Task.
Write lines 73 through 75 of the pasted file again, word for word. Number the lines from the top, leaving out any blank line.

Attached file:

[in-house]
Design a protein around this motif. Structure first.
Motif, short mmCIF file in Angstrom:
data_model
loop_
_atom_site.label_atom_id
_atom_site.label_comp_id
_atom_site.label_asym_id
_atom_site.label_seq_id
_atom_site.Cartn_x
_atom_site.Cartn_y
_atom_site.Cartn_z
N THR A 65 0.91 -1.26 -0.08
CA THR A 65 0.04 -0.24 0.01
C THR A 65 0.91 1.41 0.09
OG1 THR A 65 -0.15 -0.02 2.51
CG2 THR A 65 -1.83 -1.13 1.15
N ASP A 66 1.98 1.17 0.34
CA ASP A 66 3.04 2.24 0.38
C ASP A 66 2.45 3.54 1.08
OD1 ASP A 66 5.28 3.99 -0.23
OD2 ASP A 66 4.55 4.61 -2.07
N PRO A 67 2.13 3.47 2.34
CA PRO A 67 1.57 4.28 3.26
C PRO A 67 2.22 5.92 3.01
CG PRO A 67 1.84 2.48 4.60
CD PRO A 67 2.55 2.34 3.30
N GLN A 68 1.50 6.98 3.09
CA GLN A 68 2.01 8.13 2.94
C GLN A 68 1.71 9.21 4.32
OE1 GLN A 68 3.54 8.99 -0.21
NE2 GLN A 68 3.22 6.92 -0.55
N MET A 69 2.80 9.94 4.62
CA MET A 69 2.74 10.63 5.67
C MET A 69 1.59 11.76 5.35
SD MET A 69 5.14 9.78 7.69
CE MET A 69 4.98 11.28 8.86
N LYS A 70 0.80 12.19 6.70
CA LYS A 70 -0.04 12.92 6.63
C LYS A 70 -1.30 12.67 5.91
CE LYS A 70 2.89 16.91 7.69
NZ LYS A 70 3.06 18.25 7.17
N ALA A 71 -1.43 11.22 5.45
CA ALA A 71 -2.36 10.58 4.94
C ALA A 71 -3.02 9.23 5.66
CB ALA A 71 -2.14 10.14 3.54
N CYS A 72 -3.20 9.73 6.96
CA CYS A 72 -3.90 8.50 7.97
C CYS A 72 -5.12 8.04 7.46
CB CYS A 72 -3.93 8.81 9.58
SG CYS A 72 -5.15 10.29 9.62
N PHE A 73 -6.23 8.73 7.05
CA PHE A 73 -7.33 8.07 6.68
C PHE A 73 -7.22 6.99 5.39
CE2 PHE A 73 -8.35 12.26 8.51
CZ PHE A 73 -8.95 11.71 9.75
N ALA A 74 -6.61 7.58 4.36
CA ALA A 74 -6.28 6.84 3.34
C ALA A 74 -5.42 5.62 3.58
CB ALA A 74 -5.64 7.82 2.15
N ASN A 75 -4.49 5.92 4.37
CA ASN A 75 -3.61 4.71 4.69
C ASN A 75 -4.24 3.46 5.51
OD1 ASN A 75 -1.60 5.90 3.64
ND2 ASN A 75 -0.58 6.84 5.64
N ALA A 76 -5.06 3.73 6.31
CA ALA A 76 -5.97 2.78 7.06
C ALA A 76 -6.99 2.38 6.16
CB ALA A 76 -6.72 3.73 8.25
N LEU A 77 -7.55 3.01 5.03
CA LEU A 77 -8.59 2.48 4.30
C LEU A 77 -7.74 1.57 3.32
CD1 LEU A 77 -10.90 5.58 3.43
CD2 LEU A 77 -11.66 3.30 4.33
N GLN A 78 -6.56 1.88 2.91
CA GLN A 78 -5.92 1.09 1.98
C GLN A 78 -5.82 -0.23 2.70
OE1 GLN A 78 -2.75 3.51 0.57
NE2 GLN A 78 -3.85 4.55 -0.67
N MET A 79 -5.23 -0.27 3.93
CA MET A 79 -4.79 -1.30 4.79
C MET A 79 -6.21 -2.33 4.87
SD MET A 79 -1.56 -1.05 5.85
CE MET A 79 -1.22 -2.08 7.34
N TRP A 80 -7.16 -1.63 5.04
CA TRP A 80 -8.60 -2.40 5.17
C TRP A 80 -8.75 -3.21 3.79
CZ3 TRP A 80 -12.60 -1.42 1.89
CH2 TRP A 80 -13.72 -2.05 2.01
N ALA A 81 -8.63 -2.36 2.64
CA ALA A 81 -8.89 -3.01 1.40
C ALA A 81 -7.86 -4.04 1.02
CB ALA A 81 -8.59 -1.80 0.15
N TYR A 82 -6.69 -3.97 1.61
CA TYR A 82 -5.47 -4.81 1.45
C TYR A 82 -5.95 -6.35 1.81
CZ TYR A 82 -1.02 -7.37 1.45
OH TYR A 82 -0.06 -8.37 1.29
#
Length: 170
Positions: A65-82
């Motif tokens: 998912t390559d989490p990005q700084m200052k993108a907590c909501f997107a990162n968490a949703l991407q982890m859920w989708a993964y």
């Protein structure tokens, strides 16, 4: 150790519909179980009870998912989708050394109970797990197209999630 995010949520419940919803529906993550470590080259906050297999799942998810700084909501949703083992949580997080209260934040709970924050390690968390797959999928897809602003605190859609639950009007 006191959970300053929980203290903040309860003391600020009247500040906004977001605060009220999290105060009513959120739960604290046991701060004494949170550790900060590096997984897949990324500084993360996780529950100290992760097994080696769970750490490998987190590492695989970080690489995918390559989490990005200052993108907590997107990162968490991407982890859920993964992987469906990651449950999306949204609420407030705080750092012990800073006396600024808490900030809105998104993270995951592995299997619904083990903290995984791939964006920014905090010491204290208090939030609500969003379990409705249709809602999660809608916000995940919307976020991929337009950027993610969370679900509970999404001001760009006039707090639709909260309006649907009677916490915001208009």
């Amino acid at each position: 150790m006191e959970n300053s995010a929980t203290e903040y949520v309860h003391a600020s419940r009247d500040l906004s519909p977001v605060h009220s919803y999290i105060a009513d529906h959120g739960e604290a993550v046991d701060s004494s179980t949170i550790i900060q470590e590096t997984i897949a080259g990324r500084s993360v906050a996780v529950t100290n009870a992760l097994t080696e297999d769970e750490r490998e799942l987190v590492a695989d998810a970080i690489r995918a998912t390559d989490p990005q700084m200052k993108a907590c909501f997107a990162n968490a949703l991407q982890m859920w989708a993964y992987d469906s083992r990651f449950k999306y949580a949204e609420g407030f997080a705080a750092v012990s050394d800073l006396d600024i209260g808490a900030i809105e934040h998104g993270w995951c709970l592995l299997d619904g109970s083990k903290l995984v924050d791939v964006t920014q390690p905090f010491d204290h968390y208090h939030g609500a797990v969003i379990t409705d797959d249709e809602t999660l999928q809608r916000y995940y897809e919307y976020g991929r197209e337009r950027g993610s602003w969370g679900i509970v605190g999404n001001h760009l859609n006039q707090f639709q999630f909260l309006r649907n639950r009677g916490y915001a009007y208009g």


CD1 LEU A 77 -10.90 5.58 3.43
CD2 LEU A 77 -11.66 3.30 4.33
N GLN A 78 -6.56 1.88 2.91